28 Days of Black Excellence
An ongoing series for the entire 28 days of Black History Month that showcases the inventions, the people, and culture that makes people of the African diaspora so excellent.
Diamonds are everyone’s best friend. From rappers, to brides, to just the guy down the street. Gold, platinum, rubies…whatever you have to dig from the earth in order to sell, these are things that go for ridiculous prices in auction houses across the world. So where would the world be without these treasures? That’s hard to say, but the practice of mining and its origin is fairly simple to find. In Swaziland.
The oldest known mine on archaeological record is the “Lion Cave” in Swaziland, which radiocarbon dating shows to be about 43,000 years old. The ancient Egyptians mined a mineral called malachite. While the gold mines of Nubia were among the largest and most extensive in the world.
Ngwenya Cavern The more modern mining of Ngwenya Mine was carried out from 1958 until 1979, in the form of open cast mining creating the dramatic mine pit currently still visible.The word Ngwenya is siSwati for crocodile and the mountain does resemble a huge basking reptile.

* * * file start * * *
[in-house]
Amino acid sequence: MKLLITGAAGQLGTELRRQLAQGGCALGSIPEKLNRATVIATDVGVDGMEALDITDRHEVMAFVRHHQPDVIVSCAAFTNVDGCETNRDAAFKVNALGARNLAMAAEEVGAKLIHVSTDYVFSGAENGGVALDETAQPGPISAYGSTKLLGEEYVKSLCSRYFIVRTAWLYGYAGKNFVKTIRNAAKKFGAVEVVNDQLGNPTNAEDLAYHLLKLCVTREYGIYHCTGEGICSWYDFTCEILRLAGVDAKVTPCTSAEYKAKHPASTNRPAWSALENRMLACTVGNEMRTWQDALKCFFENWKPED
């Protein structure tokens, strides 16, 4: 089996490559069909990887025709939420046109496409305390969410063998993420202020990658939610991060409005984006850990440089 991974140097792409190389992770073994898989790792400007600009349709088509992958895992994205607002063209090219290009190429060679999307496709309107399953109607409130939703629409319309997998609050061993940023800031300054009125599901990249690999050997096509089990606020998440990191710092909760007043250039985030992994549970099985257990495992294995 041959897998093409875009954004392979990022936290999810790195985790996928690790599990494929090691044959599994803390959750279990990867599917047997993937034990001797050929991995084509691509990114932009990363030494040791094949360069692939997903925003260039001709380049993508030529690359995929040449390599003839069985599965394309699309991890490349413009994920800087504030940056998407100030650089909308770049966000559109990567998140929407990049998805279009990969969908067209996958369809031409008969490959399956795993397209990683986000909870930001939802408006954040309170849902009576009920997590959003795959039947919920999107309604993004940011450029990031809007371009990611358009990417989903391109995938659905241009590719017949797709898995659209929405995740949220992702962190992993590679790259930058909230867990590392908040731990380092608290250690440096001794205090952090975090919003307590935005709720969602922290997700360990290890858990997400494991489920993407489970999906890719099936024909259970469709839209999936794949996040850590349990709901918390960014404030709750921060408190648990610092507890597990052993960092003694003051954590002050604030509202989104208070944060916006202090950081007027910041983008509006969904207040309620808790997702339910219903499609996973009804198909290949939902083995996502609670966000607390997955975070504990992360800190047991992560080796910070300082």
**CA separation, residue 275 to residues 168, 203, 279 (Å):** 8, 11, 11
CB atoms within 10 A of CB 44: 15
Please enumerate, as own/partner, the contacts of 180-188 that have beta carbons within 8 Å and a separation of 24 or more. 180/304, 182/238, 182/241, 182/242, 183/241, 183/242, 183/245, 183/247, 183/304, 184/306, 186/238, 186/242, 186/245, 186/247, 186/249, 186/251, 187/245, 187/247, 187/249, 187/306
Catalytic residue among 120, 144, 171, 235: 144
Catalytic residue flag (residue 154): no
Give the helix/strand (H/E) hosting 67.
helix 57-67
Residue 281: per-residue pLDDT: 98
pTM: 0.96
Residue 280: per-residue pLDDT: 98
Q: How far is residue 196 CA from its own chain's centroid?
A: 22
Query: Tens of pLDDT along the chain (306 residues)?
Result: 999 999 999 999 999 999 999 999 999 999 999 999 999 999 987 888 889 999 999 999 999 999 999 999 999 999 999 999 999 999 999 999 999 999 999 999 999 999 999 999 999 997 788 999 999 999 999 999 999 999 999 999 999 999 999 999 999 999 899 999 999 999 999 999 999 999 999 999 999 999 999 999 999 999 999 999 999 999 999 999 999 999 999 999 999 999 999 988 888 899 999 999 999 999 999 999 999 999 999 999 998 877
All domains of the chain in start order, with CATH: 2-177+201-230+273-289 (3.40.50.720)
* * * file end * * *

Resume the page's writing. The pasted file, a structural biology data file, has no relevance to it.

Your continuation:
Sadly, over-mining has had a negative impact on the environment, as we all know. And nowadays we have items like this necklace, which sold for $33.7 million at auction in 2017 The Pink Star diamond, worth $71 million dollars. Sadly, millions of Africans have succumbed to the forced labor in mines over the years. The 1849 Gold Rush is said to have netted over 750,000 tons of gold…though it displaced tens of thousands of Native Americans. Which is the sad part about this global business. Too many have abused the powers which the African world was forced to share with its international neighbors. The practice may have been perverted and turned into a negative, but the invention, just one of many millions, is what makes this creation another example of good ol’ black excellence.